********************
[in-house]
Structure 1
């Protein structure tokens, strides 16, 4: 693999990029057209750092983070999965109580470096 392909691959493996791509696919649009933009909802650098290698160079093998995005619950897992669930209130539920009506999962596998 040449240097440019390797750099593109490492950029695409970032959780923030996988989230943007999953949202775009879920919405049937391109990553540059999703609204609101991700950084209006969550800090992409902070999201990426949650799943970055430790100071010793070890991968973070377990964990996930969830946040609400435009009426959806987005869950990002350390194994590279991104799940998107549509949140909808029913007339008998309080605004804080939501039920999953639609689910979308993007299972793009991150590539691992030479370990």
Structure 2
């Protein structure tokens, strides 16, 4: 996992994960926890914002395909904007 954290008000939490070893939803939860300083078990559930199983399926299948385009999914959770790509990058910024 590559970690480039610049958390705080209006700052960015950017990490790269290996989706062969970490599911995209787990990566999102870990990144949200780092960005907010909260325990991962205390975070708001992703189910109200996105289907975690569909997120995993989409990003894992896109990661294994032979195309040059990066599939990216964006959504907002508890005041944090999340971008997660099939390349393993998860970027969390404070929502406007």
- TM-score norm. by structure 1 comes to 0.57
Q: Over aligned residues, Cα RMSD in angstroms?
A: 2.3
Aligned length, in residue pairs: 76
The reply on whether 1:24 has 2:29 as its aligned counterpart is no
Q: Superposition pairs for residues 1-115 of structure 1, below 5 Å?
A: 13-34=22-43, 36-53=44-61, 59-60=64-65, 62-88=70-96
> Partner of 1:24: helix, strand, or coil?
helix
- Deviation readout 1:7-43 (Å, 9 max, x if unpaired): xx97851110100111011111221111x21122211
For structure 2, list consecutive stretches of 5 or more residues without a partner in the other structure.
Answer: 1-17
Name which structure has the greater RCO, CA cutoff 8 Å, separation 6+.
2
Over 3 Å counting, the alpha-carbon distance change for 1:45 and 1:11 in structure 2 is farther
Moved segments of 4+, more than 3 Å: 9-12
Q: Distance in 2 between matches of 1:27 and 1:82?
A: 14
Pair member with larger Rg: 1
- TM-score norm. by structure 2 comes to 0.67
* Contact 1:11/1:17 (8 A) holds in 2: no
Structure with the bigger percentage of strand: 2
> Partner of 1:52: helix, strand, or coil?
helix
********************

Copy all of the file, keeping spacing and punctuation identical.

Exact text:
[in-house]
Structure 1
């Protein structure tokens, strides 16, 4: 693999990029057209750092983070999965109580470096 392909691959493996791509696919649009933009909802650098290698160079093998995005619950897992669930209130539920009506999962596998 040449240097440019390797750099593109490492950029695409970032959780923030996988989230943007999953949202775009879920919405049937391109990553540059999703609204609101991700950084209006969550800090992409902070999201990426949650799943970055430790100071010793070890991968973070377990964990996930969830946040609400435009009426959806987005869950990002350390194994590279991104799940998107549509949140909808029913007339008998309080605004804080939501039920999953639609689910979308993007299972793009991150590539691992030479370990």
Structure 2
């Protein structure tokens, strides 16, 4: 996992994960926890914002395909904007 954290008000939490070893939803939860300083078990559930199983399926299948385009999914959770790509990058910024 590559970690480039610049958390705080209006700052960015950017990490790269290996989706062969970490599911995209787990990566999102870990990144949200780092960005907010909260325990991962205390975070708001992703189910109200996105289907975690569909997120995993989409990003894992896109990661294994032979195309040059990066599939990216964006959504907002508890005041944090999340971008997660099939390349393993998860970027969390404070929502406007």
- TM-score norm. by structure 1 comes to 0.57
Q: Over aligned residues, Cα RMSD in angstroms?
A: 2.3
Aligned length, in residue pairs: 76
The reply on whether 1:24 has 2:29 as its aligned counterpart is no
Q: Superposition pairs for residues 1-115 of structure 1, below 5 Å?
A: 13-34=22-43, 36-53=44-61, 59-60=64-65, 62-88=70-96
> Partner of 1:24: helix, strand, or coil?
helix
- Deviation readout 1:7-43 (Å, 9 max, x if unpaired): xx97851110100111011111221111x21122211
For structure 2, list consecutive stretches of 5 or more residues without a partner in the other structure.
Answer: 1-17
Name which structure has the greater RCO, CA cutoff 8 Å, separation 6+.
2
Over 3 Å counting, the alpha-carbon distance change for 1:45 and 1:11 in structure 2 is farther
Moved segments of 4+, more than 3 Å: 9-12
Q: Distance in 2 between matches of 1:27 and 1:82?
A: 14
Pair member with larger Rg: 1
- TM-score norm. by structure 2 comes to 0.67
* Contact 1:11/1:17 (8 A) holds in 2: no
Structure with the bigger percentage of strand: 2
> Partner of 1:52: helix, strand, or coil?
helix